Another tradition was to go into the woods with a rock or hammer to knock on the sides of oak trees, one of Perun’s symbols, to remind him to wake up. People would also lift heavy objects such as a pig or a family member to give Perun strength.

Farmers were supposed to make a symbolic attempt at plowing a field to show the winter spirits it was time to leave. Planting for the next year should be planned out by Hromnice, and seeds should be checked.

Women would make noise with brooms and utensils, and move furniture about, again to wake up the spring spirits and drive away the winter ones. Candles would be lit near water sources to ensure enough water for the year.

Hromnice is also an important day for farmers to predict the weather for the rest of the year, so they know when to start planting.

There is a long Czech tradition of predicting the weather with folklore sayings. Each saying is a “pranostika.” The most famous one for Feb. 2 is: “On Hromnice about an hour more,” referring to days having grown substantially longer compared to the winter solstice. Several remind farmers they should have half of their hay and half their bread left.

Many sayings are closely related to the traditions of America’s Groundhog Day, with sunshine meaning a longer winter: if a groundhog in the U.S. sees its shadow, winter will last six more weeks.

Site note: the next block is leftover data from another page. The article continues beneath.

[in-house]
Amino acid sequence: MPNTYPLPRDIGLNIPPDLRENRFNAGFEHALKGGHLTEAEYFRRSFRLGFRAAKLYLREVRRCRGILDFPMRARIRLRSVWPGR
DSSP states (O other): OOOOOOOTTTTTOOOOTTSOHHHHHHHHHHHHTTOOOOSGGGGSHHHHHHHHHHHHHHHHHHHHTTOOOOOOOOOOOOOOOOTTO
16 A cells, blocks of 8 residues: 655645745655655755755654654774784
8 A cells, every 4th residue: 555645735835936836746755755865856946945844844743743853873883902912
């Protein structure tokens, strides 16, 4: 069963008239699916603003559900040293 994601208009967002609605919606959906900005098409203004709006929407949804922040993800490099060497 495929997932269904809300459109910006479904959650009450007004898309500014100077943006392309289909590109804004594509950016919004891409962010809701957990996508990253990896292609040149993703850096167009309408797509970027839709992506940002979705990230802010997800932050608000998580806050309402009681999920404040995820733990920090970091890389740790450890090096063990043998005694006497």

There is a reason for the similarities. German settlers with similar traditions to the Czech ones took the idea to the U.S. state of Pennsylvania, the center of Groundhog Day festivities.

In Germany, people were supposed to see if a hedgehog cast its shadow. Czech sayings use a badger: “If a badger comes out of his hole, he will be back in it for four Sundays,” or “At Hromnice, if the badger sees its shadow, it will surely crawl into its lair again soon.”

Hedgehogs can’t be found in North America, so the German settlers picked the groundhog instead.

While some folk celebrations such as Čarodějnice on April 30, Masopust on the Tuesday before Lent, and even Krampus Night on Dec. 5 have made a comeback, sadly Hromnice and the magic anti-storm candles remain more of a curiosity.

Here is a sampling of weather sayings for Hromnice:

  • If it rains on Hromnice, there will be plenty of grass
  • If it is not cloudy on Hromnice, the hay will fail
  • If it is cold about Hromnice, spring will come soon
  • If it is clear on Hromnice, there will be little gossip
  • If it is a clear day for Hromnice, there will be many more snow harvests
  • If the sun shines on Hromnice, there will be six more Sundays in winter
  • When it snows on Hromnice and is windy, spring is not far away
  • At Hromnice, a farmer would rather have a wolf in a barn or an angry wife than the sun
  • Bright day on Hromnice, keep the fur coat out
  • On Hromnice attach a stone, if it freezes say amen
  • When Hromnice has only as much snow as there is to know about a black cow, it will soon be warm
  • If it is hot around Hromnice, the bear builds a shed
  • For as long as the lark sings before Hromnice, it will be silent (or freezing) after
  • Bunnies must run on Hromnice, even if they freeze
  • No windows should be opened on Hromnice so thunder won’t have much power
  • Where work is done at Hromnice, there is thunder
  • Where thunder-candles light the storm on Hromnice, lightning and thunder will not harm them